China car sales likely plunged 18% in January as a result of coronavirus

Passengers arrive from Hong Kong at Cape Town International Airport on January 29 2019, after being screened by health officials after the outbreak of the coronavirus in China.
Passengers arrive from Hong Kong at Cape Town International Airport on January 29 2019, after being screened by health officials after the outbreak of the coronavirus in China.
Image: ESA ALEXANDER/SUNDAY TIMES

Car sales in China are likely to have fallen 18% in January, their 19th consecutive month of decline, an industry body said, as the outbreak of coronavirus began to hit the industry.

Sales of new-energy vehicles (NEVs) plunged 54.4%, down for a seventh month in a row, preliminary data from the China Association of Automobile Manufacturers (CAAM) showed.

Local governments began imposing travel curbs and warning residents to avoid public spaces in the last two weeks of January, and industry executives said the epidemic was likely to wreak havoc on auto sales and production in the first quarter.

Automakers need to get used to a new normal of “low-speed growth” in China, CAAM said last month, predicting that sales are likely to shrink 2% in 2020, the third consecutive year of contraction. The coronavirus has led some automakers to postpone the resumption of production after the Chinese New Year holiday.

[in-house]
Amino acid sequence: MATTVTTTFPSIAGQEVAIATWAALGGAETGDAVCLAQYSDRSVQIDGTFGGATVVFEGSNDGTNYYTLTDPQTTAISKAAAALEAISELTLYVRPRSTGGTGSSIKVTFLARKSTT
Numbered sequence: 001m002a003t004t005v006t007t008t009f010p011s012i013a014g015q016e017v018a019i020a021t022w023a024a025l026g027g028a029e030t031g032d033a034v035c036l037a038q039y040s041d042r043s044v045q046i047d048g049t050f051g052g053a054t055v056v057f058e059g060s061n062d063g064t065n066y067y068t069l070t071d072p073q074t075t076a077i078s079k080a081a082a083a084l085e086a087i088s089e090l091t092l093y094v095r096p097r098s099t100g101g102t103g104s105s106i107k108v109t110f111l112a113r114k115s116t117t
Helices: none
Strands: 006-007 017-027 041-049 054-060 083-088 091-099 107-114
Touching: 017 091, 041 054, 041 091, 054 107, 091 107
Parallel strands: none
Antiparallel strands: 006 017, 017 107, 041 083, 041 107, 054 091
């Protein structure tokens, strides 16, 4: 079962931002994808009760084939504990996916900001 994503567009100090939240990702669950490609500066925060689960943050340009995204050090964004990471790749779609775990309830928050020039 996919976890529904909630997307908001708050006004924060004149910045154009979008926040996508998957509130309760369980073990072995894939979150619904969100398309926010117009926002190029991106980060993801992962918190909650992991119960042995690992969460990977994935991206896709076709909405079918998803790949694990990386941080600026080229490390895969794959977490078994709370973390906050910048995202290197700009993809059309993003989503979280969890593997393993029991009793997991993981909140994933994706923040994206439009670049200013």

In Hubei, the central province where the outbreak began and a major vehicle-making hub responsible for nearly 9% of China's output, Dongfeng Motor Group Co Ltd and its partners, Honda Motor Co Ltd, Renault SA and Peugeot SA, said they will delay production.

Other automakers with operations in Hubei include Nissan Motor Co Ltd, which has a plant with Dongfeng, and General Motors Co, which has a venture with SAIC Motor Corp Ltd.

Those operating plants outside Hubei province, such as Volkswagen AG and General Motors, said they will keep some factories idle for one or more weeks.

Tesla Inc, which started delivering cars built at its $2bn (about R29,8bn) plant in Shanghai last month, said it expects a delay of just one to one-and-a-half weeks in its ramp up of China-built Model 3s due to the shutdown. It restarted production in Shanghai on Monday with local government help.

Industry sales fell 8.2% last year, pressured by new emission standards in a shrinking economy and by trade tension with the US.


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